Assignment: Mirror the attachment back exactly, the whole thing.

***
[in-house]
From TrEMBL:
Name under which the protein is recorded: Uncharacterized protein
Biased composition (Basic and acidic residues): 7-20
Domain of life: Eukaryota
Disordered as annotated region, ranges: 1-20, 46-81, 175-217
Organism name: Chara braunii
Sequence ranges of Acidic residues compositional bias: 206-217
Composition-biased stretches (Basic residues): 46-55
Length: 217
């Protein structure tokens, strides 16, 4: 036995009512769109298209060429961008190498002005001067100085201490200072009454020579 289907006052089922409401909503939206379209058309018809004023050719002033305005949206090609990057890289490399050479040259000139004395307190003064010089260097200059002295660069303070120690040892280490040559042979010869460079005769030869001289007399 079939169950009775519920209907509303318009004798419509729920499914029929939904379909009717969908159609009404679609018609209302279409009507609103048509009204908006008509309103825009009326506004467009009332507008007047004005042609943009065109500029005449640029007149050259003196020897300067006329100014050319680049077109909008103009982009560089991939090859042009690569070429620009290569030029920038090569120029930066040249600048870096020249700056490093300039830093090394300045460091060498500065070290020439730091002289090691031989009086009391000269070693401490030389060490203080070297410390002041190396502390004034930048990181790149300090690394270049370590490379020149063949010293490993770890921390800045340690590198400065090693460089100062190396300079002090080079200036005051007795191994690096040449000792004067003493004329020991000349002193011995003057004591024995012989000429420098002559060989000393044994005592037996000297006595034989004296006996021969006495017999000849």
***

[in-house]
From TrEMBL:
Name under which the protein is recorded: Uncharacterized protein
Biased composition (Basic and acidic residues): 7-20
Domain of life: Eukaryota
Disordered as annotated region, ranges: 1-20, 46-81, 175-217
Organism name: Chara braunii
Sequence ranges of Acidic residues compositional bias: 206-217
Composition-biased stretches (Basic residues): 46-55
Length: 217
């Protein structure tokens, strides 16, 4: 036995009512769109298209060429961008190498002005001067100085201490200072009454020579 289907006052089922409401909503939206379209058309018809004023050719002033305005949206090609990057890289490399050479040259000139004395307190003064010089260097200059002295660069303070120690040892280490040559042979010869460079005769030869001289007399 079939169950009775519920209907509303318009004798419509729920499914029929939904379909009717969908159609009404679609018609209302279409009507609103048509009204908006008509309103825009009326506004467009009332507008007047004005042609943009065109500029005449640029007149050259003196020897300067006329100014050319680049077109909008103009982009560089991939090859042009690569070429620009290569030029920038090569120029930066040249600048870096020249700056490093300039830093090394300045460091060498500065070290020439730091002289090691031989009086009391000269070693401490030389060490203080070297410390002041190396502390004034930048990181790149300090690394270049370590490379020149063949010293490993770890921390800045340690590198400065090693460089100062190396300079002090080079200036005051007795191994690096040449000792004067003493004329020991000349002193011995003057004591024995012989000429420098002559060989000393044994005592037996000297006595034989004296006996021969006495017999000849």